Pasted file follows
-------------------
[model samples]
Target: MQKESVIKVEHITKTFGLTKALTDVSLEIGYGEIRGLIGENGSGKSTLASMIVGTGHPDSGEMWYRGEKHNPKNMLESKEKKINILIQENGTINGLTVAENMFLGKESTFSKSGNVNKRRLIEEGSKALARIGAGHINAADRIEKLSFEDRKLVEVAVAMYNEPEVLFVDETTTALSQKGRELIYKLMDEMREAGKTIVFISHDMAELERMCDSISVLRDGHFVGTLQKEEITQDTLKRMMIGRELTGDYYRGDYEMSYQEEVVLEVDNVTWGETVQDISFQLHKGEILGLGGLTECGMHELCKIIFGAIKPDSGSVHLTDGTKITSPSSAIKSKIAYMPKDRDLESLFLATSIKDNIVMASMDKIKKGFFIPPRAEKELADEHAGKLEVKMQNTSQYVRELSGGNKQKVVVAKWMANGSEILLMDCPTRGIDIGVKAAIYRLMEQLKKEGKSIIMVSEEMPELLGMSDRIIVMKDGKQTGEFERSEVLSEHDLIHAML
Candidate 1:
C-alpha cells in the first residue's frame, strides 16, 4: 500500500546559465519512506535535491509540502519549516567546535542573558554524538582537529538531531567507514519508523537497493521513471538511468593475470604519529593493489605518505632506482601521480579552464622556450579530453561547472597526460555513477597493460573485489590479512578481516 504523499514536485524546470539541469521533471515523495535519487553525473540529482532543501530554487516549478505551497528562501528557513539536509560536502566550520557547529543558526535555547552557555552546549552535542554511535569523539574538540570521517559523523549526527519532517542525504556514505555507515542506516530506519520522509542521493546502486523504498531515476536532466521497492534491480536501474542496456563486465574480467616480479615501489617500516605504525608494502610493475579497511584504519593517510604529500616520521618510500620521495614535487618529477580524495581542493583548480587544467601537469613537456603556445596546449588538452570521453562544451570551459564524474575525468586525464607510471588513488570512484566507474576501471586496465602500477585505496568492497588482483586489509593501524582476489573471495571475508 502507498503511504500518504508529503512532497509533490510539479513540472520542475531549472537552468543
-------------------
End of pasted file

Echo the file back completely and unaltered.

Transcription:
[model samples]
Target: MQKESVIKVEHITKTFGLTKALTDVSLEIGYGEIRGLIGENGSGKSTLASMIVGTGHPDSGEMWYRGEKHNPKNMLESKEKKINILIQENGTINGLTVAENMFLGKESTFSKSGNVNKRRLIEEGSKALARIGAGHINAADRIEKLSFEDRKLVEVAVAMYNEPEVLFVDETTTALSQKGRELIYKLMDEMREAGKTIVFISHDMAELERMCDSISVLRDGHFVGTLQKEEITQDTLKRMMIGRELTGDYYRGDYEMSYQEEVVLEVDNVTWGETVQDISFQLHKGEILGLGGLTECGMHELCKIIFGAIKPDSGSVHLTDGTKITSPSSAIKSKIAYMPKDRDLESLFLATSIKDNIVMASMDKIKKGFFIPPRAEKELADEHAGKLEVKMQNTSQYVRELSGGNKQKVVVAKWMANGSEILLMDCPTRGIDIGVKAAIYRLMEQLKKEGKSIIMVSEEMPELLGMSDRIIVMKDGKQTGEFERSEVLSEHDLIHAML
Candidate 1:
C-alpha cells in the first residue's frame, strides 16, 4: 500500500546559465519512506535535491509540502519549516567546535542573558554524538582537529538531531567507514519508523537497493521513471538511468593475470604519529593493489605518505632506482601521480579552464622556450579530453561547472597526460555513477597493460573485489590479512578481516 504523499514536485524546470539541469521533471515523495535519487553525473540529482532543501530554487516549478505551497528562501528557513539536509560536502566550520557547529543558526535555547552557555552546549552535542554511535569523539574538540570521517559523523549526527519532517542525504556514505555507515542506516530506519520522509542521493546502486523504498531515476536532466521497492534491480536501474542496456563486465574480467616480479615501489617500516605504525608494502610493475579497511584504519593517510604529500616520521618510500620521495614535487618529477580524495581542493583548480587544467601537469613537456603556445596546449588538452570521453562544451570551459564524474575525468586525464607510471588513488570512484566507474576501471586496465602500477585505496568492497588482483586489509593501524582476489573471495571475508 502507498503511504500518504508529503512532497509533490510539479513540472520542475531549472537552468543